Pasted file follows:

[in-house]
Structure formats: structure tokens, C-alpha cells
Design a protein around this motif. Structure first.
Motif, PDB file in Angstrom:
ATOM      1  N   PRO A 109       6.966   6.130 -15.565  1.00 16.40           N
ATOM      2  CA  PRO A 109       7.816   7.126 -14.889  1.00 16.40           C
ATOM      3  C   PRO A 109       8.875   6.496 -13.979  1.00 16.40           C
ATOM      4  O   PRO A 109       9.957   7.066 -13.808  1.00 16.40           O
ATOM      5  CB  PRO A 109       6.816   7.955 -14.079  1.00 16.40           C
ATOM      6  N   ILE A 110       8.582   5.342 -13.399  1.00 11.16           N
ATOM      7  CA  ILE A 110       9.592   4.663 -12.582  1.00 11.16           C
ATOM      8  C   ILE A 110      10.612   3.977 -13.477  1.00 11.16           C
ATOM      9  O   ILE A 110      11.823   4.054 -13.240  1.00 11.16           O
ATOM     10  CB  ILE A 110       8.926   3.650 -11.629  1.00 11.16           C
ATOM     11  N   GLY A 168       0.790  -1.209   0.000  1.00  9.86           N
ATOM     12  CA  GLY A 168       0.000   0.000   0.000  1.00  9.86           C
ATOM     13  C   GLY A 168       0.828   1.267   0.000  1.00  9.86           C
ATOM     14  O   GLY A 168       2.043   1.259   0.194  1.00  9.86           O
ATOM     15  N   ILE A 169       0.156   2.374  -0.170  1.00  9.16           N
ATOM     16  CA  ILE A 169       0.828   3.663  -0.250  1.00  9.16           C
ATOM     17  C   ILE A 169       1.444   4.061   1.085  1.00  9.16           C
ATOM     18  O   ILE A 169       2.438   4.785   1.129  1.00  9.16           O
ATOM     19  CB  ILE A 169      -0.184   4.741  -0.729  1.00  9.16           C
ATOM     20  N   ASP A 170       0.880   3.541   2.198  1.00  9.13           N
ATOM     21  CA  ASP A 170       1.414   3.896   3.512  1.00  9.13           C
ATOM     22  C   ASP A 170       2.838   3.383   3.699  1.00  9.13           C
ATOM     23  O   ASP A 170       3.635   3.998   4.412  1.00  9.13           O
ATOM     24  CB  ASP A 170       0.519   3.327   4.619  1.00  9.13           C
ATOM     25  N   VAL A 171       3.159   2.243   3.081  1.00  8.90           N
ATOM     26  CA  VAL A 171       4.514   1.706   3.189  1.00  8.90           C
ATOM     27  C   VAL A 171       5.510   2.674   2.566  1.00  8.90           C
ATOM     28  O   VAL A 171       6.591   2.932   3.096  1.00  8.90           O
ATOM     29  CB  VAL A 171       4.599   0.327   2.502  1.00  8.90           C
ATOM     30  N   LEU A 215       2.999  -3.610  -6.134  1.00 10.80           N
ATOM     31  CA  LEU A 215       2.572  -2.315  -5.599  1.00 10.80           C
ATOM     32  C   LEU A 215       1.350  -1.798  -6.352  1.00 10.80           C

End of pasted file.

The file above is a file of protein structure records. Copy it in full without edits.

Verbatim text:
[in-house]
Structure formats: structure tokens, C-alpha cells
Design a protein around this motif. Structure first.
Motif, PDB file in Angstrom:
ATOM      1  N   PRO A 109       6.966   6.130 -15.565  1.00 16.40           N
ATOM      2  CA  PRO A 109       7.816   7.126 -14.889  1.00 16.40           C
ATOM      3  C   PRO A 109       8.875   6.496 -13.979  1.00 16.40           C
ATOM      4  O   PRO A 109       9.957   7.066 -13.808  1.00 16.40           O
ATOM      5  CB  PRO A 109       6.816   7.955 -14.079  1.00 16.40           C
ATOM      6  N   ILE A 110       8.582   5.342 -13.399  1.00 11.16           N
ATOM      7  CA  ILE A 110       9.592   4.663 -12.582  1.00 11.16           C
ATOM      8  C   ILE A 110      10.612   3.977 -13.477  1.00 11.16           C
ATOM      9  O   ILE A 110      11.823   4.054 -13.240  1.00 11.16           O
ATOM     10  CB  ILE A 110       8.926   3.650 -11.629  1.00 11.16           C
ATOM     11  N   GLY A 168       0.790  -1.209   0.000  1.00  9.86           N
ATOM     12  CA  GLY A 168       0.000   0.000   0.000  1.00  9.86           C
ATOM     13  C   GLY A 168       0.828   1.267   0.000  1.00  9.86           C
ATOM     14  O   GLY A 168       2.043   1.259   0.194  1.00  9.86           O
ATOM     15  N   ILE A 169       0.156   2.374  -0.170  1.00  9.16           N
ATOM     16  CA  ILE A 169       0.828   3.663  -0.250  1.00  9.16           C
ATOM     17  C   ILE A 169       1.444   4.061   1.085  1.00  9.16           C
ATOM     18  O   ILE A 169       2.438   4.785   1.129  1.00  9.16           O
ATOM     19  CB  ILE A 169      -0.184   4.741  -0.729  1.00  9.16           C
ATOM     20  N   ASP A 170       0.880   3.541   2.198  1.00  9.13           N
ATOM     21  CA  ASP A 170       1.414   3.896   3.512  1.00  9.13           C
ATOM     22  C   ASP A 170       2.838   3.383   3.699  1.00  9.13           C
ATOM     23  O   ASP A 170       3.635   3.998   4.412  1.00  9.13           O
ATOM     24  CB  ASP A 170       0.519   3.327   4.619  1.00  9.13           C
ATOM     25  N   VAL A 171       3.159   2.243   3.081  1.00  8.90           N
ATOM     26  CA  VAL A 171       4.514   1.706   3.189  1.00  8.90           C
ATOM     27  C   VAL A 171       5.510   2.674   2.566  1.00  8.90           C
ATOM     28  O   VAL A 171       6.591   2.932   3.096  1.00  8.90           O
ATOM     29  CB  VAL A 171       4.599   0.327   2.502  1.00  8.90           C
ATOM     30  N   LEU A 215       2.999  -3.610  -6.134  1.00 10.80           N
ATOM     31  CA  LEU A 215       2.572  -2.315  -5.599  1.00 10.80           C
ATOM     32  C   LEU A 215       1.350  -1.798  -6.352  1.00 10.80           C